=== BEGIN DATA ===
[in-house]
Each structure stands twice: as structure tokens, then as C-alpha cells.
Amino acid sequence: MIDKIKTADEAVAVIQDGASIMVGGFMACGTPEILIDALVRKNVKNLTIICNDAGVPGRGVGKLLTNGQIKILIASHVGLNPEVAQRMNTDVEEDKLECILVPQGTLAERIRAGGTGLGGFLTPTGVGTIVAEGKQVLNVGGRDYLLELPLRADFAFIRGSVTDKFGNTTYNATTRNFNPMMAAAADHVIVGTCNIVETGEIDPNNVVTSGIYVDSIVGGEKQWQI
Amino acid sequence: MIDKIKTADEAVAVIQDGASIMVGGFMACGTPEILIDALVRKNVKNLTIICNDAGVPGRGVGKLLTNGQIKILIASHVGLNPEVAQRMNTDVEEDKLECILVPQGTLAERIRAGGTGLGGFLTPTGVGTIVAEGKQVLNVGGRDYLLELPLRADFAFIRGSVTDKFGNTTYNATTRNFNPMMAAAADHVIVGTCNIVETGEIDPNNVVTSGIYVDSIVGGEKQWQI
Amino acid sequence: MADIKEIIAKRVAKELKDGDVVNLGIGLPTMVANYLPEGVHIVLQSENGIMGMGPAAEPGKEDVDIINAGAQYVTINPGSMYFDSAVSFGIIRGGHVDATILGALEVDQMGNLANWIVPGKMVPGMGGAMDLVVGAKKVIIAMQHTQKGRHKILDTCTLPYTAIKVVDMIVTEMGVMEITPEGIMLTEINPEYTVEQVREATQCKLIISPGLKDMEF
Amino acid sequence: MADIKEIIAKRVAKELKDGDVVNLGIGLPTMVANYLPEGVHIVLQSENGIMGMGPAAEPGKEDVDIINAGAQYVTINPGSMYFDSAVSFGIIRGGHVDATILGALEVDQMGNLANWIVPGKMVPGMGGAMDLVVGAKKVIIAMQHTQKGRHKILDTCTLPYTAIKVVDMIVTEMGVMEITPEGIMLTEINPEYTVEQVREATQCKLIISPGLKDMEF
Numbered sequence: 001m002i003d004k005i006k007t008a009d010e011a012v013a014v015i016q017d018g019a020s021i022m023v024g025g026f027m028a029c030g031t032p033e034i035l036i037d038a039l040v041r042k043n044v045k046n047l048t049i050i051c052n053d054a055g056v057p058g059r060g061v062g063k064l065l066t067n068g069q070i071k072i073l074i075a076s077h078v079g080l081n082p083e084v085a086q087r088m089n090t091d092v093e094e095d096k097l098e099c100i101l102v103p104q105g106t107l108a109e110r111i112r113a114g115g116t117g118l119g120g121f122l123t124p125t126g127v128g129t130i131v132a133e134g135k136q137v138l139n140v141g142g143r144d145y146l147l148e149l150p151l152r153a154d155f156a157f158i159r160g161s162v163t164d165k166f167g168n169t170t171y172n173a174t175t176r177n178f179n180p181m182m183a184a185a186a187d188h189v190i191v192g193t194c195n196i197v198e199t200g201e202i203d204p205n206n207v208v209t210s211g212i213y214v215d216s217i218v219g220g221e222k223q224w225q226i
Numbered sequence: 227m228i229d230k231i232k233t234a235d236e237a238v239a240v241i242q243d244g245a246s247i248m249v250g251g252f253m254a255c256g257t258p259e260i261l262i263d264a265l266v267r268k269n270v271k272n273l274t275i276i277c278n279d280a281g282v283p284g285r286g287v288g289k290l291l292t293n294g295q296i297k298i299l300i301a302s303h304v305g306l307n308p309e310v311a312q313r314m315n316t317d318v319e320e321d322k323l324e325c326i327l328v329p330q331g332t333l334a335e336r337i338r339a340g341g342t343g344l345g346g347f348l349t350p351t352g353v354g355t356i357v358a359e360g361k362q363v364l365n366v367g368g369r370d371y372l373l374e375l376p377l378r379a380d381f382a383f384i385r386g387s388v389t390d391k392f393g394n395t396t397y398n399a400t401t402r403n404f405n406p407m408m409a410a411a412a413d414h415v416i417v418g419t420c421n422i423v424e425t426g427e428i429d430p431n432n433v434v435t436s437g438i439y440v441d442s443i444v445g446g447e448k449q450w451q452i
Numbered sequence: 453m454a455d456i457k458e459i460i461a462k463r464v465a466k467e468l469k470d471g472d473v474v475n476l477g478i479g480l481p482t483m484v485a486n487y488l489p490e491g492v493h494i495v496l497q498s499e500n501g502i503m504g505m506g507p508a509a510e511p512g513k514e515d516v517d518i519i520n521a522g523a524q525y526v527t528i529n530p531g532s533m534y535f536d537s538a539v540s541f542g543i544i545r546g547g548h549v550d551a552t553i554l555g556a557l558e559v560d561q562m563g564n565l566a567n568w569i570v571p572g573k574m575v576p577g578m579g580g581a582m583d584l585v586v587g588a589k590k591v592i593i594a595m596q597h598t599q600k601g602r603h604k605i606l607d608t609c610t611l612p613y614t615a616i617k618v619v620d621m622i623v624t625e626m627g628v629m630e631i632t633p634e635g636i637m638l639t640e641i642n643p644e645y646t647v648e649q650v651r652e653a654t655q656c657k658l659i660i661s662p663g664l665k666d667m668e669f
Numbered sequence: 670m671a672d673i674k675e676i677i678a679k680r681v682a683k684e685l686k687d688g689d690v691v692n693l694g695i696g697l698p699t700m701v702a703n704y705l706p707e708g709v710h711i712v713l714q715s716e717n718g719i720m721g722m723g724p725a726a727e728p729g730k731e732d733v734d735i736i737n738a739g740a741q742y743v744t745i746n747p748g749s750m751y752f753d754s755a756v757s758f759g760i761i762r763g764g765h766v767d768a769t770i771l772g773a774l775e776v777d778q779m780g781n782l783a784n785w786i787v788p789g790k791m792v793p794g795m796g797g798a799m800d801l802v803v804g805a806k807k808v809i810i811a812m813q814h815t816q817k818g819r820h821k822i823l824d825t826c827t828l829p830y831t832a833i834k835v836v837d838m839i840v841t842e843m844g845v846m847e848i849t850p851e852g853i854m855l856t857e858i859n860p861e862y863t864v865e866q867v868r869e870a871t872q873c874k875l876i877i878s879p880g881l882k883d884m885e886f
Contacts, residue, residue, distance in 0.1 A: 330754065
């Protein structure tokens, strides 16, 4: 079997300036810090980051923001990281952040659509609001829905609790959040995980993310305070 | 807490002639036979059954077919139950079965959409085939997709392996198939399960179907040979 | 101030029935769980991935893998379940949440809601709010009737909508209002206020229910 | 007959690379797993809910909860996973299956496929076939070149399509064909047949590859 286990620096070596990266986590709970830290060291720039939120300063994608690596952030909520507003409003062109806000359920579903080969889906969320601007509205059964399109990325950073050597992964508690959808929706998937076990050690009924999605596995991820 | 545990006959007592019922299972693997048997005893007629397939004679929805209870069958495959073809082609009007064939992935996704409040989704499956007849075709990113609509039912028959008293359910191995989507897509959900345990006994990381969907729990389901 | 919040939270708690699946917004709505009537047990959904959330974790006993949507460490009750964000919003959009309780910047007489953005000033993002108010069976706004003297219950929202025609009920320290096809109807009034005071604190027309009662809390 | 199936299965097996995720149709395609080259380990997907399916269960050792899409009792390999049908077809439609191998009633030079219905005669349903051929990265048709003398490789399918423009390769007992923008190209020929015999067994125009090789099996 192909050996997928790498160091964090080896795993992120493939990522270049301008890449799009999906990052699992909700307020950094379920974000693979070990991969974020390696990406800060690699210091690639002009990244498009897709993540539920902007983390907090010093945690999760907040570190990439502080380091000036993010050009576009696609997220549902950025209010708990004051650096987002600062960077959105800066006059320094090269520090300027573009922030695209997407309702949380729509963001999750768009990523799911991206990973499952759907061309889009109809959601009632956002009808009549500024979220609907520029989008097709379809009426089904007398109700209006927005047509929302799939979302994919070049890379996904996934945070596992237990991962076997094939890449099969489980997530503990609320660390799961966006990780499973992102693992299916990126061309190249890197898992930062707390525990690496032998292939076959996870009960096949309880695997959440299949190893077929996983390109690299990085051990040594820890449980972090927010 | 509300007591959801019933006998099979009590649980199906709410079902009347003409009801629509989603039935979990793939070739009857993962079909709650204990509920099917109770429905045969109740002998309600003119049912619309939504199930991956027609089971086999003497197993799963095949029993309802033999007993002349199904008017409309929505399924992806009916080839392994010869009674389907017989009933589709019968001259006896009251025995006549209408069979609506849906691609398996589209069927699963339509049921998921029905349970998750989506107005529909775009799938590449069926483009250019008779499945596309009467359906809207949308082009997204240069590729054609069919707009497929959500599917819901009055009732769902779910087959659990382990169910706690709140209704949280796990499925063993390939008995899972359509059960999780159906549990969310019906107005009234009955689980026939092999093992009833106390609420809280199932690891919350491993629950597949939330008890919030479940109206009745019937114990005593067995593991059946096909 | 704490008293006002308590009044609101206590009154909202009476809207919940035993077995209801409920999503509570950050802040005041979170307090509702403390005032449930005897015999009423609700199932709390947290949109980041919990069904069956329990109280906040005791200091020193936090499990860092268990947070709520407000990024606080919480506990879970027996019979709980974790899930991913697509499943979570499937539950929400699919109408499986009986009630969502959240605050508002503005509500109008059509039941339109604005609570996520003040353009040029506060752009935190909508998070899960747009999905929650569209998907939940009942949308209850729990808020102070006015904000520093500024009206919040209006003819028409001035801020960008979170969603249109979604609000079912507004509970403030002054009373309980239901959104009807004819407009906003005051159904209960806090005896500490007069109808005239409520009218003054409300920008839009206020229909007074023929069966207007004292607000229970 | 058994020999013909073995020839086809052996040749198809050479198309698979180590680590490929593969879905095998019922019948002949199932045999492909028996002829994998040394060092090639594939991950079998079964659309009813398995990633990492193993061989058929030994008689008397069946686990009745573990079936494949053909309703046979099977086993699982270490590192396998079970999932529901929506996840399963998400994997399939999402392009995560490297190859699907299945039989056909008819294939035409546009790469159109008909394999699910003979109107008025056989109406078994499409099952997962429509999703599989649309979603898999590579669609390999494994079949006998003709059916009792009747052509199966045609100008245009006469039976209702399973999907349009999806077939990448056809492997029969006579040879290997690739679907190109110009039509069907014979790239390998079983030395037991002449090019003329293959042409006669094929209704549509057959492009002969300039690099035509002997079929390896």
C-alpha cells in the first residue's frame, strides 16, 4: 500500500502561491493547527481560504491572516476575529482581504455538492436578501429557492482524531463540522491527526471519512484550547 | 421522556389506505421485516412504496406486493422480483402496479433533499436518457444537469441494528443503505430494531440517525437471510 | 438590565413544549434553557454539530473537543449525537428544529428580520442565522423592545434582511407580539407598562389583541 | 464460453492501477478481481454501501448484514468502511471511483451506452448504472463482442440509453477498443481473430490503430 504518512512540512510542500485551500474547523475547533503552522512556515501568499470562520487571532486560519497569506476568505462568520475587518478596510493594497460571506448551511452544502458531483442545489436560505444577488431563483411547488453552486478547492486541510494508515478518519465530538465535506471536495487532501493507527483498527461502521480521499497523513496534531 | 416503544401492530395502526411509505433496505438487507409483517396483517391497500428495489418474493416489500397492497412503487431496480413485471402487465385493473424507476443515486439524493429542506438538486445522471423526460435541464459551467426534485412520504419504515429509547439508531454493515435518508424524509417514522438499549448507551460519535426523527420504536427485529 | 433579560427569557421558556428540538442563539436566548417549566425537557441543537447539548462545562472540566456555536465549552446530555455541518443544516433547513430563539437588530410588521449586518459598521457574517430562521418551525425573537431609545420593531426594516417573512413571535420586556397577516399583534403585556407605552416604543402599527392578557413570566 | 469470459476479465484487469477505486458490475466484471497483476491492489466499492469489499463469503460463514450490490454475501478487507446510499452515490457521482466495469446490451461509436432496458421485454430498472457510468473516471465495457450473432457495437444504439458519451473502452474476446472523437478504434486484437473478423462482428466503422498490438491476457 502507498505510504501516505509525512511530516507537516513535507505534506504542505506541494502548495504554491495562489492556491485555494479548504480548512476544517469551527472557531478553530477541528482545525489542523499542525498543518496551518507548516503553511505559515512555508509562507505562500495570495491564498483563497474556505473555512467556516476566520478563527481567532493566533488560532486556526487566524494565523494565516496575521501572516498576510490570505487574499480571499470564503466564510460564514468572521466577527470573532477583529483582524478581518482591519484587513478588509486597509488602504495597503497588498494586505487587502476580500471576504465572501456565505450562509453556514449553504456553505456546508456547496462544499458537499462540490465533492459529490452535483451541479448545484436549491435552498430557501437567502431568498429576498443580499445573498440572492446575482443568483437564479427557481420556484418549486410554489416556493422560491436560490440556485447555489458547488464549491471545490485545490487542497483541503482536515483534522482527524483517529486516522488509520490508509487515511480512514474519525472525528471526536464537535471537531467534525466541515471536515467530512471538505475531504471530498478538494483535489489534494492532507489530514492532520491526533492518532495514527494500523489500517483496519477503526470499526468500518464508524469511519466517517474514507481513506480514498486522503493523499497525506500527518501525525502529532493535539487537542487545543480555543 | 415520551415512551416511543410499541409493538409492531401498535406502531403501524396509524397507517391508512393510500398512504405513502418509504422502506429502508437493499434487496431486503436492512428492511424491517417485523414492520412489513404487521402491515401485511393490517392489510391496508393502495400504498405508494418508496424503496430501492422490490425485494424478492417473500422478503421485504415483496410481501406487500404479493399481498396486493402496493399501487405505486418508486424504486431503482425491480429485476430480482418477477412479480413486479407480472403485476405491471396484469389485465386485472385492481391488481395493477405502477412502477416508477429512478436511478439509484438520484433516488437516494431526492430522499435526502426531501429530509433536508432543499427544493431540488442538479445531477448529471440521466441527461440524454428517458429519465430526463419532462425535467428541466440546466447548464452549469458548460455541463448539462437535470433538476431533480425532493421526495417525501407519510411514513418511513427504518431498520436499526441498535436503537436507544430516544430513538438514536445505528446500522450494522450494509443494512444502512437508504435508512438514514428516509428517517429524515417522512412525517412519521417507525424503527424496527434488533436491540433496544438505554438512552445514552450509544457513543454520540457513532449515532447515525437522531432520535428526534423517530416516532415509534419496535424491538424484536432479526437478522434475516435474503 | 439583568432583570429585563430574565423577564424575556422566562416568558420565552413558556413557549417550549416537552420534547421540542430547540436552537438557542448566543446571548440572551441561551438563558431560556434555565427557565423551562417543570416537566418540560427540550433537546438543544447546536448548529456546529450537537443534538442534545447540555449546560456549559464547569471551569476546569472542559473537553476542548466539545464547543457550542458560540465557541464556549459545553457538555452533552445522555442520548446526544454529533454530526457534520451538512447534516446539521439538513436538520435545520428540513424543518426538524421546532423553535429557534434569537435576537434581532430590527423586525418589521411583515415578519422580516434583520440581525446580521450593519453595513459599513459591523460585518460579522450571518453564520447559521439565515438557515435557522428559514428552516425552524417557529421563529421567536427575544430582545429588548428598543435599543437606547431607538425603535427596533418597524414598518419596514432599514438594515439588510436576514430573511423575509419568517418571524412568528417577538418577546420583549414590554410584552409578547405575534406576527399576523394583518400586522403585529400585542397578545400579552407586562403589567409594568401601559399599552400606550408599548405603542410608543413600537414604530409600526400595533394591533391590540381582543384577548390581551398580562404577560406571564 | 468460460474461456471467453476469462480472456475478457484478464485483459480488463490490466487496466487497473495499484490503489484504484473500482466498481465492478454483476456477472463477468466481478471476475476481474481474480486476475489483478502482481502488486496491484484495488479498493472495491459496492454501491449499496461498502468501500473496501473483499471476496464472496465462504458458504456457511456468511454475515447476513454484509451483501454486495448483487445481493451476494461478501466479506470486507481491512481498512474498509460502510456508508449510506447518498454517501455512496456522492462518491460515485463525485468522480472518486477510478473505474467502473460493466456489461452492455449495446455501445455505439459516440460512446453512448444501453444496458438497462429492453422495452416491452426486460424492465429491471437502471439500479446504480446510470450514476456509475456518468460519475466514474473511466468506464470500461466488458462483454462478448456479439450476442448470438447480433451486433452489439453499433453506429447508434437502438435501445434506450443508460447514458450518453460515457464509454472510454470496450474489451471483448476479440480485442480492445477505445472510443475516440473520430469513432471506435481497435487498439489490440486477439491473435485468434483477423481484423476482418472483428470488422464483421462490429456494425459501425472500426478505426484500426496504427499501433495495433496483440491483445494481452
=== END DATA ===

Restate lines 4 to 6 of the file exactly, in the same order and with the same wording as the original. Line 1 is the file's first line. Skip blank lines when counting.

Amino acid sequence: MIDKIKTADEAVAVIQDGASIMVGGFMACGTPEILIDALVRKNVKNLTIICNDAGVPGRGVGKLLTNGQIKILIASHVGLNPEVAQRMNTDVEEDKLECILVPQGTLAERIRAGGTGLGGFLTPTGVGTIVAEGKQVLNVGGRDYLLELPLRADFAFIRGSVTDKFGNTTYNATTRNFNPMMAAAADHVIVGTCNIVETGEIDPNNVVTSGIYVDSIVGGEKQWQI
Amino acid sequence: MADIKEIIAKRVAKELKDGDVVNLGIGLPTMVANYLPEGVHIVLQSENGIMGMGPAAEPGKEDVDIINAGAQYVTINPGSMYFDSAVSFGIIRGGHVDATILGALEVDQMGNLANWIVPGKMVPGMGGAMDLVVGAKKVIIAMQHTQKGRHKILDTCTLPYTAIKVVDMIVTEMGVMEITPEGIMLTEINPEYTVEQVREATQCKLIISPGLKDMEF
Amino acid sequence: MADIKEIIAKRVAKELKDGDVVNLGIGLPTMVANYLPEGVHIVLQSENGIMGMGPAAEPGKEDVDIINAGAQYVTINPGSMYFDSAVSFGIIRGGHVDATILGALEVDQMGNLANWIVPGKMVPGMGGAMDLVVGAKKVIIAMQHTQKGRHKILDTCTLPYTAIKVVDMIVTEMGVMEITPEGIMLTEINPEYTVEQVREATQCKLIISPGLKDMEF